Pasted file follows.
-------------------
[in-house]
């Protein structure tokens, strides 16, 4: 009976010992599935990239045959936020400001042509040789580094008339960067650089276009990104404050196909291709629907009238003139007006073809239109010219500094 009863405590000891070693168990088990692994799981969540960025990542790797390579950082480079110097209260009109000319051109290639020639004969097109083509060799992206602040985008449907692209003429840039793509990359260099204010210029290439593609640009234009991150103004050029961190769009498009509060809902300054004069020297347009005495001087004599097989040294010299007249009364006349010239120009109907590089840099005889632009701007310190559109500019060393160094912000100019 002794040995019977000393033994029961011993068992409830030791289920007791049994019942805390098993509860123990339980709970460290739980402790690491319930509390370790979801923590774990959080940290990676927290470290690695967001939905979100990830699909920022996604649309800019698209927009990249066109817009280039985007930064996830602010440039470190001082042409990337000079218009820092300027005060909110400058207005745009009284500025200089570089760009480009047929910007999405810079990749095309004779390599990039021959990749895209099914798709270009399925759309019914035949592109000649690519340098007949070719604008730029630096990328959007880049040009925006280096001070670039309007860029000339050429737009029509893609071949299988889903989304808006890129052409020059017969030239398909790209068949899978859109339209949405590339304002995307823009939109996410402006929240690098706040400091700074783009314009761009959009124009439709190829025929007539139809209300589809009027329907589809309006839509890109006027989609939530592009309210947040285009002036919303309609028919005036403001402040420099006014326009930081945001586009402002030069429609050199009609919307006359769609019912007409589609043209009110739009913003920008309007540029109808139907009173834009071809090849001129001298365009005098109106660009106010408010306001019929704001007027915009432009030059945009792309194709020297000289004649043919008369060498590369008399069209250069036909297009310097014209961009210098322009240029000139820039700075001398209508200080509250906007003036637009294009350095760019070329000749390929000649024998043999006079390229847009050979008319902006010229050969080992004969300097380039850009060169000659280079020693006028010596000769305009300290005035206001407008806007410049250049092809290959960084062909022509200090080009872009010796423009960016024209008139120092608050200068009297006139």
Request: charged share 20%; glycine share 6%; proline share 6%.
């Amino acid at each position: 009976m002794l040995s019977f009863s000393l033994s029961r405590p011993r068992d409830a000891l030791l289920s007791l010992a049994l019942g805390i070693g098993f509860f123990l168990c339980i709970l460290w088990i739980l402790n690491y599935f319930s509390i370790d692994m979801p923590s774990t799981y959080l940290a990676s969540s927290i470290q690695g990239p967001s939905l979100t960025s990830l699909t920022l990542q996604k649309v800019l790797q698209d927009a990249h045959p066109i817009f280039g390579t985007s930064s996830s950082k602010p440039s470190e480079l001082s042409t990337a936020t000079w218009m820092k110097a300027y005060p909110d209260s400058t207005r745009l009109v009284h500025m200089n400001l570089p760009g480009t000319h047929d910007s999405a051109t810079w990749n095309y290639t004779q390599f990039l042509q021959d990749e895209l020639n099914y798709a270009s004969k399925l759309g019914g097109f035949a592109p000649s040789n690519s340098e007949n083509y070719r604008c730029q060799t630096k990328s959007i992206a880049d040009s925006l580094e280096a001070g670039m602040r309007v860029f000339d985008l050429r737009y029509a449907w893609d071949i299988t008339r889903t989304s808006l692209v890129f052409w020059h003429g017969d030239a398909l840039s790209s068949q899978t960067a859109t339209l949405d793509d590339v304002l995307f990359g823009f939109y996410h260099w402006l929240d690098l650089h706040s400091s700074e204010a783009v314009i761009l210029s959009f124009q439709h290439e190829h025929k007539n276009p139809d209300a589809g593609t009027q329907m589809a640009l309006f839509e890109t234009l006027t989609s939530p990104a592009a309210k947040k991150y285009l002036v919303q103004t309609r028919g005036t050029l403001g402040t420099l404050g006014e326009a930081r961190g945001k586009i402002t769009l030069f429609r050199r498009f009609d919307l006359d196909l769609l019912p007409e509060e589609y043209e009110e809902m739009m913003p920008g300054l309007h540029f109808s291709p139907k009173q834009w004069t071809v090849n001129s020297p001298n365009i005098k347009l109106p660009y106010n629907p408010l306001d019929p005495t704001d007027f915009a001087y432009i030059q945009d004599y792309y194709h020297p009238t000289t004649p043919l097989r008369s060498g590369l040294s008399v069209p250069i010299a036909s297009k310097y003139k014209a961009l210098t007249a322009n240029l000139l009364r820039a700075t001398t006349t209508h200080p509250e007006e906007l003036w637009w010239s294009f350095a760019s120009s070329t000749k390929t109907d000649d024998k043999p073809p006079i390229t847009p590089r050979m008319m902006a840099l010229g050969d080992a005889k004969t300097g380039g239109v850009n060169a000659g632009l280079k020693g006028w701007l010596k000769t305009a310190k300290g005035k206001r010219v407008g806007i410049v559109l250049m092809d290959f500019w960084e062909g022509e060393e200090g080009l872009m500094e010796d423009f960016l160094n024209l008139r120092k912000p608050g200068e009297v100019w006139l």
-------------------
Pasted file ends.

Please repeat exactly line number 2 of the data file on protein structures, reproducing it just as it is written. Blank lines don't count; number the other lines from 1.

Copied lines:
């Protein structure tokens, strides 16, 4: 009976010992599935990239045959936020400001042509040789580094008339960067650089276009990104404050196909291709629907009238003139007006073809239109010219500094 009863405590000891070693168990088990692994799981969540960025990542790797390579950082480079110097209260009109000319051109290639020639004969097109083509060799992206602040985008449907692209003429840039793509990359260099204010210029290439593609640009234009991150103004050029961190769009498009509060809902300054004069020297347009005495001087004599097989040294010299007249009364006349010239120009109907590089840099005889632009701007310190559109500019060393160094912000100019 002794040995019977000393033994029961011993068992409830030791289920007791049994019942805390098993509860123990339980709970460290739980402790690491319930509390370790979801923590774990959080940290990676927290470290690695967001939905979100990830699909920022996604649309800019698209927009990249066109817009280039985007930064996830602010440039470190001082042409990337000079218009820092300027005060909110400058207005745009009284500025200089570089760009480009047929910007999405810079990749095309004779390599990039021959990749895209099914798709270009399925759309019914035949592109000649690519340098007949070719604008730029630096990328959007880049040009925006280096001070670039309007860029000339050429737009029509893609071949299988889903989304808006890129052409020059017969030239398909790209068949899978859109339209949405590339304002995307823009939109996410402006929240690098706040400091700074783009314009761009959009124009439709190829025929007539139809209300589809009027329907589809309006839509890109006027989609939530592009309210947040285009002036919303309609028919005036403001402040420099006014326009930081945001586009402002030069429609050199009609919307006359769609019912007409589609043209009110739009913003920008309007540029109808139907009173834009071809090849001129001298365009005098109106660009106010408010306001019929704001007027915009432009030059945009792309194709020297000289004649043919008369060498590369008399069209250069036909297009310097014209961009210098322009240029000139820039700075001398209508200080509250906007003036637009294009350095760019070329000749390929000649024998043999006079390229847009050979008319902006010229050969080992004969300097380039850009060169000659280079020693006028010596000769305009300290005035206001407008806007410049250049092809290959960084062909022509200090080009872009010796423009960016024209008139120092608050200068009297006139």